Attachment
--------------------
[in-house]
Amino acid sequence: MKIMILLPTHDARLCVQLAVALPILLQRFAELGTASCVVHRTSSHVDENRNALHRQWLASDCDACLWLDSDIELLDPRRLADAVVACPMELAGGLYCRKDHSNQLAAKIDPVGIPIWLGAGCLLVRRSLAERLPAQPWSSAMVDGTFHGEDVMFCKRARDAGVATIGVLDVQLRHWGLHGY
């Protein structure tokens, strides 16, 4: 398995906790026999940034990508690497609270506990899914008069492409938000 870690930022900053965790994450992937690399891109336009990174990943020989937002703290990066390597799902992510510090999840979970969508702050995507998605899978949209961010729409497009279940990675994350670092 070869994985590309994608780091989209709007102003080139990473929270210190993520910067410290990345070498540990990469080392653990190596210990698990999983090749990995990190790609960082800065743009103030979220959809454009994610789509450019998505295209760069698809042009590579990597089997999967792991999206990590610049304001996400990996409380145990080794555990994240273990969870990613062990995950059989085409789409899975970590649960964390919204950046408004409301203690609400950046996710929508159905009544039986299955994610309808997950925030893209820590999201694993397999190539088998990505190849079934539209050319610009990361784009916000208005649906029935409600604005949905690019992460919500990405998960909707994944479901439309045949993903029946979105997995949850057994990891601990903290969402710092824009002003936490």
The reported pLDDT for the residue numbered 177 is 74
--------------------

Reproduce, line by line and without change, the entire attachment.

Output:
[in-house]
Amino acid sequence: MKIMILLPTHDARLCVQLAVALPILLQRFAELGTASCVVHRTSSHVDENRNALHRQWLASDCDACLWLDSDIELLDPRRLADAVVACPMELAGGLYCRKDHSNQLAAKIDPVGIPIWLGAGCLLVRRSLAERLPAQPWSSAMVDGTFHGEDVMFCKRARDAGVATIGVLDVQLRHWGLHGY
């Protein structure tokens, strides 16, 4: 398995906790026999940034990508690497609270506990899914008069492409938000 870690930022900053965790994450992937690399891109336009990174990943020989937002703290990066390597799902992510510090999840979970969508702050995507998605899978949209961010729409497009279940990675994350670092 070869994985590309994608780091989209709007102003080139990473929270210190993520910067410290990345070498540990990469080392653990190596210990698990999983090749990995990190790609960082800065743009103030979220959809454009994610789509450019998505295209760069698809042009590579990597089997999967792991999206990590610049304001996400990996409380145990080794555990994240273990969870990613062990995950059989085409789409899975970590649960964390919204950046408004409301203690609400950046996710929508159905009544039986299955994610309808997950925030893209820590999201694993397999190539088998990505190849079934539209050319610009990361784009916000208005649906029935409600604005949905690019992460919500990405998960909707994944479901439309045949993903029946979105997995949850057994990891601990903290969402710092824009002003936490």
The reported pLDDT for the residue numbered 177 is 74